Small business owners across the country are hurting as the coronavirus crisis deprives them of customers and states enforce closures of all except essential businesses.
Indian American restauranteur Arun Mirchandani told CNBC he had shuttered his eatery in deference to his workers safety, but “As far as small businesses go, we have probably taken the biggest hit.”
Small businesses like these make up more than 99% of all American enterprise reports the Business Insider, and employ more than half of the US workforce.
As the outbreak spreads with economic disruption in its wake, small businesses face the brunt of its impact from the loss of customers, wage cuts, staffing cutbacks and even closures; a recent survey reports that more than 80% of small businesses expect the situation to get worse.
The federal government has responded with a $2 trillion stimulus package to stabilize the US economy and earmarked more than $300 billion for small businesses in the form of loans and payroll-tax deferment.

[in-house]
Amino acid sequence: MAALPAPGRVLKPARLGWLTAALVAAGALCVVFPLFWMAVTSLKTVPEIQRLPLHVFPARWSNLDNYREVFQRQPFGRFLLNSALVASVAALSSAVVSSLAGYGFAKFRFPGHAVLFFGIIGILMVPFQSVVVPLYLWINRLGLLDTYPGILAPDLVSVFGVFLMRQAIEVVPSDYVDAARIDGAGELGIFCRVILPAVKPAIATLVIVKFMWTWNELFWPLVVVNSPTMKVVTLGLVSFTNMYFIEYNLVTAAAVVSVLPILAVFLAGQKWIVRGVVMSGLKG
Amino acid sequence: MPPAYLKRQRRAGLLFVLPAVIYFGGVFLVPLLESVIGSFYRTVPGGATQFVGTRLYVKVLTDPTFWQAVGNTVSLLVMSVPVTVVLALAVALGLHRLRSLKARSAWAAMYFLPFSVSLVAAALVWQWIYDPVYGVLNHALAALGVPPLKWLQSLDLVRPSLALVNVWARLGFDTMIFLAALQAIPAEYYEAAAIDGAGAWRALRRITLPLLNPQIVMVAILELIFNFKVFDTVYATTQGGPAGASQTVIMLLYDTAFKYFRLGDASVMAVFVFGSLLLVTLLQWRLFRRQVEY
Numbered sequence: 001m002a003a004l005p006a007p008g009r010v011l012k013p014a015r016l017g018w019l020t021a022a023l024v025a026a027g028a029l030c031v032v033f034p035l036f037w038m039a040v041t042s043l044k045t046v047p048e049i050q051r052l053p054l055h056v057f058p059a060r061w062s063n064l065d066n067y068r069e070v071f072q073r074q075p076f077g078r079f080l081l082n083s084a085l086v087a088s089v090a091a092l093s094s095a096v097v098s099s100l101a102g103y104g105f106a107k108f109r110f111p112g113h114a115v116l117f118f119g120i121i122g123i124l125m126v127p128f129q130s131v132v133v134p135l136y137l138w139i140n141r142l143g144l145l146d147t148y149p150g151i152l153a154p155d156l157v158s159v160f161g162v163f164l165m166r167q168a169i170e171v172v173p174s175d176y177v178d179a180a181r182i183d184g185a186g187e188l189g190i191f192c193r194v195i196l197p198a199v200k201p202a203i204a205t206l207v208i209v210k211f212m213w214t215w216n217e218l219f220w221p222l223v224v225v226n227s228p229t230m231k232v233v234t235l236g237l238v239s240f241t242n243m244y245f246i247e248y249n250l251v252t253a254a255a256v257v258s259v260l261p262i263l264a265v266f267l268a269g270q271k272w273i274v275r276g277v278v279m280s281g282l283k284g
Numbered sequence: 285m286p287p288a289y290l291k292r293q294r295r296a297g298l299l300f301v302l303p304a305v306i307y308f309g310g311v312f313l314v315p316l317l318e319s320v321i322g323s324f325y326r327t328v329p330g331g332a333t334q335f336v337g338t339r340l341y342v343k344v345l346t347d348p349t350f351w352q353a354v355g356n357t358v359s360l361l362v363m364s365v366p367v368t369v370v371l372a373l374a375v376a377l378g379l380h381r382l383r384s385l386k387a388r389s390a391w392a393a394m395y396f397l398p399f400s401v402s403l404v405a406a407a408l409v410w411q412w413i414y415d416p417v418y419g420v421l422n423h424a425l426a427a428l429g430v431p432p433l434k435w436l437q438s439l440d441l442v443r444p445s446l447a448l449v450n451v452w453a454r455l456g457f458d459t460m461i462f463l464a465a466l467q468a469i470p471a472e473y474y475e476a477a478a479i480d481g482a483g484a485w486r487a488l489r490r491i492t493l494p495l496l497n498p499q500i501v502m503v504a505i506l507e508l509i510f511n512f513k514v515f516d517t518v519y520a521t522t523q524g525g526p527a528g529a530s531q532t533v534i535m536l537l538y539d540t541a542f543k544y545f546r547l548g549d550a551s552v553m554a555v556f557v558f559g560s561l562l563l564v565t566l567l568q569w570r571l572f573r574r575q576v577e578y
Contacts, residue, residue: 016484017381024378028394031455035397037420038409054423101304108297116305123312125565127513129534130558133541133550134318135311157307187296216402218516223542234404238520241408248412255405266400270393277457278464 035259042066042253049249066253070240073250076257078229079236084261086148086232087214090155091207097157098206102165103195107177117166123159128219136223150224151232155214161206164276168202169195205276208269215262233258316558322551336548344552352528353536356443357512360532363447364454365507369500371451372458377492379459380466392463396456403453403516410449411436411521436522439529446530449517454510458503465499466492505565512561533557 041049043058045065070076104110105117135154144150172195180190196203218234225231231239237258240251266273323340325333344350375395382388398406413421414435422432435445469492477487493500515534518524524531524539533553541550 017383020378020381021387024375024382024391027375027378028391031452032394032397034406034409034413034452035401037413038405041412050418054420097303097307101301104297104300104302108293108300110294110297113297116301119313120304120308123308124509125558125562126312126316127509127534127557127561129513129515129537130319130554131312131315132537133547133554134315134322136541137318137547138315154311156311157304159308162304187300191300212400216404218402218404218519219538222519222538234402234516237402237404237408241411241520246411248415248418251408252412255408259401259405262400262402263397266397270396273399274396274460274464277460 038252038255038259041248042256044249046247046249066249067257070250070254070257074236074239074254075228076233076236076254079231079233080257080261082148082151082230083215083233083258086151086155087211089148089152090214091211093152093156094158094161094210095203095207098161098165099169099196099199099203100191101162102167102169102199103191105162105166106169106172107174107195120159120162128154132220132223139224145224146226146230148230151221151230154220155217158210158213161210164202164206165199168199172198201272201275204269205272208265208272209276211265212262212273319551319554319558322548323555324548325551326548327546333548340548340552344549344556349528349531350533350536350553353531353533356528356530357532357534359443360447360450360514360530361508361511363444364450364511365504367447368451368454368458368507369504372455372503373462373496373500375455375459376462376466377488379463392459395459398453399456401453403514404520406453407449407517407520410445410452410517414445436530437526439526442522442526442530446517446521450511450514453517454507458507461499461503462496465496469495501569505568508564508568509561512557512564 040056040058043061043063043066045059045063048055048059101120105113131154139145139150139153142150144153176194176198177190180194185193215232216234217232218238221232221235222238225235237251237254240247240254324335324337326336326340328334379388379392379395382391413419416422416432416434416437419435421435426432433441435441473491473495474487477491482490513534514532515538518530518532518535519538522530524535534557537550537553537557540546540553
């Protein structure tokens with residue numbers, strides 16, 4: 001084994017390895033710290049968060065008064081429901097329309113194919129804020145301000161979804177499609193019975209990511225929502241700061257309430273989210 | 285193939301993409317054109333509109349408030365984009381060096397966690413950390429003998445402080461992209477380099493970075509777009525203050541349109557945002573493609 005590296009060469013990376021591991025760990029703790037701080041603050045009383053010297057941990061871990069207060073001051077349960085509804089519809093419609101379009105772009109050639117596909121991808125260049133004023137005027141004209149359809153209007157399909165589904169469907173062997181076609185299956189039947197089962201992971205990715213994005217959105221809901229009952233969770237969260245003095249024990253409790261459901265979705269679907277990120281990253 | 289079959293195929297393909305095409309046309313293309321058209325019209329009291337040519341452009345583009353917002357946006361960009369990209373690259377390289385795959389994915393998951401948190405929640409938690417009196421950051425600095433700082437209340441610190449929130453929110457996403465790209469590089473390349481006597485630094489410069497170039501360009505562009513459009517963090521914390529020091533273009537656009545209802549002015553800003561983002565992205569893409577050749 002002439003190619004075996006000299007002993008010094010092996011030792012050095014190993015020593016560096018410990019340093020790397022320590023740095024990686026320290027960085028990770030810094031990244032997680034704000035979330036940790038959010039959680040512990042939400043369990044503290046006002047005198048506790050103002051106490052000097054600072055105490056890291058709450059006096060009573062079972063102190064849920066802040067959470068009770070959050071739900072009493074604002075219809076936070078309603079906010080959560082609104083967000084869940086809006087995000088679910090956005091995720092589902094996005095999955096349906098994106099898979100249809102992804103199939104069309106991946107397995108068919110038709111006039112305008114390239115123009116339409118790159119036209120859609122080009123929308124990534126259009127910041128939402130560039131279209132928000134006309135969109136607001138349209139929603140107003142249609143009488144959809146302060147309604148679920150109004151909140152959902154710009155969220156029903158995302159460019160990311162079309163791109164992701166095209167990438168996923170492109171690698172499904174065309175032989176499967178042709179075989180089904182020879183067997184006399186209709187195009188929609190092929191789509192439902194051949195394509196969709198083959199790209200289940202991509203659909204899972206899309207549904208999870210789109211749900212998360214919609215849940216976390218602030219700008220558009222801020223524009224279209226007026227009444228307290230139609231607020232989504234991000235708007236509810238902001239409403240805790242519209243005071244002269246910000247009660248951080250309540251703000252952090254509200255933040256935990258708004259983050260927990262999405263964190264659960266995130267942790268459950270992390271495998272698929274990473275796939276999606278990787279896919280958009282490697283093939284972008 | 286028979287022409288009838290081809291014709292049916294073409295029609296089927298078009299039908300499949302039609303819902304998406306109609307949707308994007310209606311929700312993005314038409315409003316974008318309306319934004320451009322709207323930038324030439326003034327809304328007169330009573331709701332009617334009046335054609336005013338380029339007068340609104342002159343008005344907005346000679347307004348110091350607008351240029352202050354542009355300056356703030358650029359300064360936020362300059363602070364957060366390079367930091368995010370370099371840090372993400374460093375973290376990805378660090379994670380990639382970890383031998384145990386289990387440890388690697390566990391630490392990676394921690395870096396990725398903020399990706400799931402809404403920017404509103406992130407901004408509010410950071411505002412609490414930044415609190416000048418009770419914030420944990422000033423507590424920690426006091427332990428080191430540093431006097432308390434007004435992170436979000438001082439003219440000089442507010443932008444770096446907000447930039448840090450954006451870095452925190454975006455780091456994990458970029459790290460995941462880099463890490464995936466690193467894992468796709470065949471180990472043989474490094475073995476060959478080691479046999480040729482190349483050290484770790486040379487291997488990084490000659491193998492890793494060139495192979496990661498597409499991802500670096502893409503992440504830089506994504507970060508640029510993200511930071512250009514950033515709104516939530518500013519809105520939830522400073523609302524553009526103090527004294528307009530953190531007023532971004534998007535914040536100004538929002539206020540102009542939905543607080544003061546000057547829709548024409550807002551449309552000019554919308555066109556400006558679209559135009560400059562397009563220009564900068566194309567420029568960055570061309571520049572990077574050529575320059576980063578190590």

The Coronavirus Aid, Relief, and Economic Security (CARES) Act will provide emergency loans to small-midsize businesses to prevent layoffs and to continue paying workers during the crisis. Businesses of 500 or fewer employees that continue to employ and pay workers through the pandemic are eligible.
Entrepreneur, investor and strategist Shukoor Ahmed reviewed the 1400 page Relief Bill Division A of the bill, which provides more than $377 billion in support to small businesses. It includes prominent measures from the Keeping American Workers Employed and Paid Act and the COVID-19 RELIEF for Small Businesses Act of 2020.
He has provided summaries of the small business provisions in the stimulus via the following links. .